Grandma J said...

That photo is from your porch? That does it...rain or shine (or snow) I'm sleeping on your porch when I come to the blog fest. I have dibs!

Get better! You are making me very nervouse with this flu/bronchitis.

Anonymous said...

OK, so you guys had a big crop of reservatrol in the back yard and the Fountain of Youth bubbling up in the front ditch? This explains a lot.

Feel better, CBW!


cats said...

Grapes and persimmons. I remember them well when I was a child. My neighbor also had a fig bush. Every August when those delectable figs ripened to perfection, we would go over and eat them and mother would make fig preserves. If you have never had fig preserves, you don't know what you're missing. It is a wonderful treat on warm toast.

TSannie said...

Feel better soon! I remember eating wild grapes as a kid, but have no idea what they were.

Chesapeake Bay Woman said...

Angela - I didn't hear anything other than flounder. Fried flounder. With hush puppies. OK, let me get back on track. You're very fortunate to have all of that fruit, especially the plums. We have a few apple trees and one pear tree but oh, to have plums. Love them.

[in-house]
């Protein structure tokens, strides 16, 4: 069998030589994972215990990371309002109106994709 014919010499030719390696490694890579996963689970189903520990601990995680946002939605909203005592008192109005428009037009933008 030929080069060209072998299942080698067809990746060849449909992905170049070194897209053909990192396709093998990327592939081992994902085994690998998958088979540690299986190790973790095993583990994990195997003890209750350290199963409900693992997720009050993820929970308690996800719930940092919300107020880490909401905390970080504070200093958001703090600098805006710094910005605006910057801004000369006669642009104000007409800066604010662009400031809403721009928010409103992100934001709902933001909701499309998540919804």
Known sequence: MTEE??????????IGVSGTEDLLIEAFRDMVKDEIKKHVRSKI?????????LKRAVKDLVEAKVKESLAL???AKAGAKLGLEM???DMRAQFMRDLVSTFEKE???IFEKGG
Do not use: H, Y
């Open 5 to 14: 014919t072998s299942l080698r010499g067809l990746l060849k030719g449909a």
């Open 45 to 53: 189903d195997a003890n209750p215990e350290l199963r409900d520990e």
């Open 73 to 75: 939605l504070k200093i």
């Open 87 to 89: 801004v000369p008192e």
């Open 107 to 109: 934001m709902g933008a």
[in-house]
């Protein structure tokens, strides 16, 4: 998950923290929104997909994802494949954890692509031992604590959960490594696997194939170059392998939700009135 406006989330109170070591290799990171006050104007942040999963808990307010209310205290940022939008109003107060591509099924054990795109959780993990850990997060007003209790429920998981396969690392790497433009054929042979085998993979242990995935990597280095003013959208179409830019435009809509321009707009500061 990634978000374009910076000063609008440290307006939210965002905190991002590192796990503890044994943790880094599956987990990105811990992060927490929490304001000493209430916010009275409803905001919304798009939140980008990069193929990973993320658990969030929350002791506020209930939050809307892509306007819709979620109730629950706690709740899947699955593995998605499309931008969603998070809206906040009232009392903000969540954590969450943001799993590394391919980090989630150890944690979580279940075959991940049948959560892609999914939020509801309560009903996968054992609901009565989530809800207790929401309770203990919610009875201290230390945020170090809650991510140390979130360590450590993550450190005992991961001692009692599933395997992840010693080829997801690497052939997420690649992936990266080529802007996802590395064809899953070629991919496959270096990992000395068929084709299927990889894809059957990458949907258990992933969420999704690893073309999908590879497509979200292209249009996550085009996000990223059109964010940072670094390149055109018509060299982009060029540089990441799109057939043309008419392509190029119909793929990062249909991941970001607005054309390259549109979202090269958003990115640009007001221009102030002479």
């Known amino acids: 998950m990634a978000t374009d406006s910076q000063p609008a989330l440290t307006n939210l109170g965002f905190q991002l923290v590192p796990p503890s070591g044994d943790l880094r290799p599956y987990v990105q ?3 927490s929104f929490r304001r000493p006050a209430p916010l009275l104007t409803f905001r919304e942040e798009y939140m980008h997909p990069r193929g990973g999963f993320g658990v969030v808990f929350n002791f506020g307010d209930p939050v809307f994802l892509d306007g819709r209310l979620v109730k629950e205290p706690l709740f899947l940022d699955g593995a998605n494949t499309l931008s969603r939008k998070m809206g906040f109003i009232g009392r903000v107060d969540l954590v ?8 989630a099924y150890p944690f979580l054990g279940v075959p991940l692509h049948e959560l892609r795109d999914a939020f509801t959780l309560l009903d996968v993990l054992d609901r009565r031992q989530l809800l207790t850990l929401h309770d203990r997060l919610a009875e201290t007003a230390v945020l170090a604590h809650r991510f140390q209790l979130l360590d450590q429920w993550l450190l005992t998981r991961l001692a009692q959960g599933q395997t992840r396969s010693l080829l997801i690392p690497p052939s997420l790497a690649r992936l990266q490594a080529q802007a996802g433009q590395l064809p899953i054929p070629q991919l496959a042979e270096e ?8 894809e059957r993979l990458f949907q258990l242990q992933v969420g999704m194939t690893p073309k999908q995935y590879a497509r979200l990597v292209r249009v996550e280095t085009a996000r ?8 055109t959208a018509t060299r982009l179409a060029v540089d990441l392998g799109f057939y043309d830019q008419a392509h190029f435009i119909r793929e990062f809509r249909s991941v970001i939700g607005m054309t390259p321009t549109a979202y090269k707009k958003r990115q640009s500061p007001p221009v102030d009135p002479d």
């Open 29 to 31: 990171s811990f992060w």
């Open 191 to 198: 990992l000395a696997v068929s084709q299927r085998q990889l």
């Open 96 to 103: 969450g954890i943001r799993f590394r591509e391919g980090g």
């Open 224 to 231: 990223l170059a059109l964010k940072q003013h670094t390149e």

MMM - Me too on the polyphenols and resveratrol. (I am indeed feeling better, finally.)

Meg - Ah, Froot. I believe those froot vines can be found growing in the same sea that krabs swim in. Froot goes very well with cheez which, as you know is used to make cheez-its.

MPM - If I hadn't started feeling better I'd have gone to the doctor. But at this juncture antibiotics would not speed things along any faster than letting the thing take its course, she says, acting like she knows what she's talking about.

Caution Flat - Motown...GM...Isn't the artist formerly known as Prince from Detroit? I confess that during college I was a bit of a Prince fanatic. Saw him twice in concert, was not disappointed.

GJ - There's a wicker couch and two chairs out on that porch - we could rig something up for you.

AMN - Yes, but we didn't discover the fountain of youth until we were too old to benefit from it!

Cats - Figs are delicious - had no idea they grew around here. Love them.

TSAnnie - If they were dark purple and very sweet I'd wager they were muscadines. Heavenly.

Have a good evening, and sanitize everything. That flu bug is NASTY.

Autumnforest said...